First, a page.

Are Crewless Container Ships The Future Of Sea Freight?

Crewless ships may be the stuff of horror fiction, but one day they could be just another part of modern life. Rather than drifting aimlessly through the desolate ocean after the entire crew have undergone some terrible fate, the vessels will be guided by the most advanced technology. 

Leading the way towards fully autonomous vessels is the Yara Birkeland, a small Norwegian ship based out of the port of Brevik. It can carry up to 100 containers, and has been making twice-weekly experimental voyages over the past few months to collect data along a short route, with a minimal crew of five.

The eventual aim is to reduce the number of crew until the vessel can be technically autonomous. The Captain of the Yara Birkeland, Svend Ødegård, spoke to the BBC recently. He said:  “We are taking big steps towards autonomy. There’s a lot of installed technology there, that is not on existing ships.”

“We have situational awareness – cameras on the side, front and stern of the ship. It can decide whether to change its path because something is in the way.”

The radar and cameras are linked up to artificial intelligence which is capable of identifying obstacles in the ship’s path and altering the route accordingly. The ship will still be captained but remotely from dry land, with one person potentially in charge of several vessels at once. 

Sinikka Hartonen, is Secretary General of One Sea Association, an alliance of maritime companies and experts working in autonomy. She said: “Vessels which operate along short, regular and fixed routes offer good opportunities to introduce autonomous ship technologies.”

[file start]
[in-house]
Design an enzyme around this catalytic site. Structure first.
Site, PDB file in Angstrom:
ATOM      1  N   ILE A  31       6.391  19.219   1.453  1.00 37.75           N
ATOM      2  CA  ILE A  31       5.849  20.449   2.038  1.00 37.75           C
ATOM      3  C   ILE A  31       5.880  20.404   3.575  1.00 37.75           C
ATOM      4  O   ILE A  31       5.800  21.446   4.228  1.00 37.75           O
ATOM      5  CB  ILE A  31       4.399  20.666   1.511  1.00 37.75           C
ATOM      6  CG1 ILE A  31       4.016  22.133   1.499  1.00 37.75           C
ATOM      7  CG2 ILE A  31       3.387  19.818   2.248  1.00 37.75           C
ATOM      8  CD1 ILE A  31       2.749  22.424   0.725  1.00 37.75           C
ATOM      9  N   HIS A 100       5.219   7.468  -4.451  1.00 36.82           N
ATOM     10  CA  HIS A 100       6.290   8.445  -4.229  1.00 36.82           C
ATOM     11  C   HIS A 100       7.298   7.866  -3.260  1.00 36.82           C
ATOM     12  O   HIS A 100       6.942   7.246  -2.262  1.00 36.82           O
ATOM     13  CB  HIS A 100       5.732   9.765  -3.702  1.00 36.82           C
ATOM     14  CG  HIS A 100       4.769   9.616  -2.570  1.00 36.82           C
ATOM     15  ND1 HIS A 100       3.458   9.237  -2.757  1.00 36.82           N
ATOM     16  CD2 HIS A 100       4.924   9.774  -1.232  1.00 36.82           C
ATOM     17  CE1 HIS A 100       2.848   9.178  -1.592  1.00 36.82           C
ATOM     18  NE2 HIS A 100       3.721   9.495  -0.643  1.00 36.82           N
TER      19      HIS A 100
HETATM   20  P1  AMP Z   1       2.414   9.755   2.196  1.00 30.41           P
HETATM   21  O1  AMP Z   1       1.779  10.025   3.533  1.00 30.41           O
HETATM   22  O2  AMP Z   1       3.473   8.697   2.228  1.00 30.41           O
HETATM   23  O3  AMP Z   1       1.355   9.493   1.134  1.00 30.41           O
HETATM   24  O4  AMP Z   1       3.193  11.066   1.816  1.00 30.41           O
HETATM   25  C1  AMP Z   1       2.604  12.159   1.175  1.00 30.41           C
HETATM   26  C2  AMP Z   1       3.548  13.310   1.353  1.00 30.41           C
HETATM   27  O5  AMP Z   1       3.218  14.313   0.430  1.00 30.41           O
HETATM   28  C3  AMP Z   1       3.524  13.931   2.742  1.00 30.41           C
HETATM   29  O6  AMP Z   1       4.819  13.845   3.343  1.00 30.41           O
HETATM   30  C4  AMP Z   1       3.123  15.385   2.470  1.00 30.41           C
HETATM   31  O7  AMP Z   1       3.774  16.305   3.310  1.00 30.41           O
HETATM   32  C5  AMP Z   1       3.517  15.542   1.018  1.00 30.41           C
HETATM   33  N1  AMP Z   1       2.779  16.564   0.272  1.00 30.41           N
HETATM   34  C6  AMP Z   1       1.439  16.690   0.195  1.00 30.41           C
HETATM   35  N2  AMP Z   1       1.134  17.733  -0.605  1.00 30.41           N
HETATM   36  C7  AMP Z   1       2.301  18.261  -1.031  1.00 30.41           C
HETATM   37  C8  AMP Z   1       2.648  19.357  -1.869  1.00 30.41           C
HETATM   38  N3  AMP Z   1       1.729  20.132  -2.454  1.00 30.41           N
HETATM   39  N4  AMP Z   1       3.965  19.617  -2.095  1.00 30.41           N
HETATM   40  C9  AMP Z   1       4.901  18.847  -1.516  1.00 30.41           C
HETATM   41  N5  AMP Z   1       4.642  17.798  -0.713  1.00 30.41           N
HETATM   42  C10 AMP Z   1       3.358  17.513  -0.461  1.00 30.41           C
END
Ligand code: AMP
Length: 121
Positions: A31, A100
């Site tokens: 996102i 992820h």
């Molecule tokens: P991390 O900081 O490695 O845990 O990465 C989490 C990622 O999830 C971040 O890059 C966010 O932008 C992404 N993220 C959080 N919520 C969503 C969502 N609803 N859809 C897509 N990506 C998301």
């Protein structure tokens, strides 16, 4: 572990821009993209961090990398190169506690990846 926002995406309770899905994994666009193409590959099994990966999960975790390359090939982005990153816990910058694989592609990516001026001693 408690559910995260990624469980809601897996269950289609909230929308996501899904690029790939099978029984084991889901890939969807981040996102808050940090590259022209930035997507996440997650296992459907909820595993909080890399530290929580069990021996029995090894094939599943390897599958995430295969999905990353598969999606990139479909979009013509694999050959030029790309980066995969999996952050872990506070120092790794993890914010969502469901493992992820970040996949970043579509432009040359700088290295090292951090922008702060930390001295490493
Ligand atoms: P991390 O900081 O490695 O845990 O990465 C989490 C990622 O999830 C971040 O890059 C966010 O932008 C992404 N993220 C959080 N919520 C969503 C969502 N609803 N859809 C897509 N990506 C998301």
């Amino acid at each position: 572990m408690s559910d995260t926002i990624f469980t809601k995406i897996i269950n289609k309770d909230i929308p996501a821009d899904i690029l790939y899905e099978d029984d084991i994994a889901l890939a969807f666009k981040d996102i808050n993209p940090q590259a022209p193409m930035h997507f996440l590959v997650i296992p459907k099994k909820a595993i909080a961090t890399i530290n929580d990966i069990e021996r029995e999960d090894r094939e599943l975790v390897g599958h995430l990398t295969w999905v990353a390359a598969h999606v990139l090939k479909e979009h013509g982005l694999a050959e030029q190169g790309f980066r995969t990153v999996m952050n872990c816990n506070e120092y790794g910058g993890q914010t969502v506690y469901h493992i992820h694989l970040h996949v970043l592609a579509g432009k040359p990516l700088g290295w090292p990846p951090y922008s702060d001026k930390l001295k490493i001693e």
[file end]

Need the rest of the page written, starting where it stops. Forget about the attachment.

However, there are a lot of new legal rules and regulations to deal with first, which will probably be the biggest hurdle to faster progress. This may prove to be off-putting for the large commercial container shipping companies who may view the whole process as bad for business. 

Despite this, potential savings on fuel and emissions from optimal route selections may prove to be a major incentive for shipping companies to invest in crewless technology. 

Hartonen told the BBC that the International Maritime Organization is now working towards a framework. She added: “Current legislation has been developed based on the presumption that the equipment onboard a ship is fully manually controlled.” 

The autonomous vessels will have to be rigorously tested to demonstrate how safe they are, much like the process driverless land vehicles are undergoing with varying degrees of success at the moment. It is likely that completely unmonitored vessels will never be a possibility for safety reasons. 

As well as container shipping, there may be demand for AI-guided fishing vessels, passenger ferries, and military vessels. In 2022, a Japanese car ferry made an unmanned voyage and self-docked with the help of technology developed by the Mitsubishi Shipping Company. 

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